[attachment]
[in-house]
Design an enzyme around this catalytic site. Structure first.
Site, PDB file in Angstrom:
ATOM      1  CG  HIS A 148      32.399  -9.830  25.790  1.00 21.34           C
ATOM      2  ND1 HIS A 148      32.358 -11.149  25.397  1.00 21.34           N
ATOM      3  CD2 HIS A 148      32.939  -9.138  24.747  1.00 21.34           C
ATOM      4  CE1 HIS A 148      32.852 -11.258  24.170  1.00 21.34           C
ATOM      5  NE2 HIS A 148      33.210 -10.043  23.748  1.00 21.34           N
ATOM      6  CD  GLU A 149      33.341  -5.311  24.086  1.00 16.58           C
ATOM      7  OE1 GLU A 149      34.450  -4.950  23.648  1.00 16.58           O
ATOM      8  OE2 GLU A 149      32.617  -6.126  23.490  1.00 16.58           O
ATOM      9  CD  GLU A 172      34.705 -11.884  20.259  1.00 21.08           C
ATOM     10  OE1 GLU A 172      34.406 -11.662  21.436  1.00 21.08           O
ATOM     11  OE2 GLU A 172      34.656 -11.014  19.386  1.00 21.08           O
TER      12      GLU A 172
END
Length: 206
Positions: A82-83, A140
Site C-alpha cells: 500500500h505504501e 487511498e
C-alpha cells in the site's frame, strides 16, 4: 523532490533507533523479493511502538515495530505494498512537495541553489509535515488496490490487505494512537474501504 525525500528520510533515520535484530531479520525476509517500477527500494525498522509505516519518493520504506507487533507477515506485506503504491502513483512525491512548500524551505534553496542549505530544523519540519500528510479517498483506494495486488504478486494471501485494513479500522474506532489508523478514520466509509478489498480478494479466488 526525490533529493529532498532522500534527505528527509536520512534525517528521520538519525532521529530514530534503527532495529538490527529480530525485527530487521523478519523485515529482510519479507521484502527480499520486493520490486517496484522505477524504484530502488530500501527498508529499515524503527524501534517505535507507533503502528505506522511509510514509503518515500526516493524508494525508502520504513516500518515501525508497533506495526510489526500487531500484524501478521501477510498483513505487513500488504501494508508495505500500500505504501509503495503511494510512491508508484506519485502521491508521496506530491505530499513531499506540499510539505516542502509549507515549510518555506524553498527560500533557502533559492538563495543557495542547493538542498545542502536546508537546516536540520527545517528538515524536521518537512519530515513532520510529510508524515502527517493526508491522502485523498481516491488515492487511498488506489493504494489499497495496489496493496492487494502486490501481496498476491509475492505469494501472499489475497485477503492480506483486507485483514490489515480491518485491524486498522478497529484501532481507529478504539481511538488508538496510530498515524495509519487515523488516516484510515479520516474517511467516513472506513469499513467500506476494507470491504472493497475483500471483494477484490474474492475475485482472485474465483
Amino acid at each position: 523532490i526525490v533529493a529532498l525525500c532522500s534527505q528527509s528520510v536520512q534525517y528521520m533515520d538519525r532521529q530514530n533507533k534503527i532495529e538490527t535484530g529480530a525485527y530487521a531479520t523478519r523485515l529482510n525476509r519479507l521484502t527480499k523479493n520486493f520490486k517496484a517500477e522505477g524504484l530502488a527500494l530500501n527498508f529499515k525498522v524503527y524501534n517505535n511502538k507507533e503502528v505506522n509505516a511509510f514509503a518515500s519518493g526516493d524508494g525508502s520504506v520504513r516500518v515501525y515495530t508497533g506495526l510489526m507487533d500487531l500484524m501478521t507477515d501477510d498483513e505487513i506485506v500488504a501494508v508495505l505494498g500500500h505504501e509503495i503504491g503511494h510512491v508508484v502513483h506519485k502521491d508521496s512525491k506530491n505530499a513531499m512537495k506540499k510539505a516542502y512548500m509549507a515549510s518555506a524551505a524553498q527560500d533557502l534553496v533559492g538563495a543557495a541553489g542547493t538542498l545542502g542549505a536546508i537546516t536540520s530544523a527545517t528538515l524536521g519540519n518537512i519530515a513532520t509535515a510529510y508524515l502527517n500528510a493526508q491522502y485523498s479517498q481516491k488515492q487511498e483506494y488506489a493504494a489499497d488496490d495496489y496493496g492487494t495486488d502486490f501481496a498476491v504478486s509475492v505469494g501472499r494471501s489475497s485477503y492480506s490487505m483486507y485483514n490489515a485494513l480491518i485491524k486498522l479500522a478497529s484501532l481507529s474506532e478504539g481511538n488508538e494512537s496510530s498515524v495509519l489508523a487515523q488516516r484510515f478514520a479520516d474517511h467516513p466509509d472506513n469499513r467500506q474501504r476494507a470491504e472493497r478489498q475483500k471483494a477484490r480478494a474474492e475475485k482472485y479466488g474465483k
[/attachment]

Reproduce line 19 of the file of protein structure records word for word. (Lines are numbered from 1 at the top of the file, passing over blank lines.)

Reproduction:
Site C-alpha cells: 500500500h505504501e 487511498e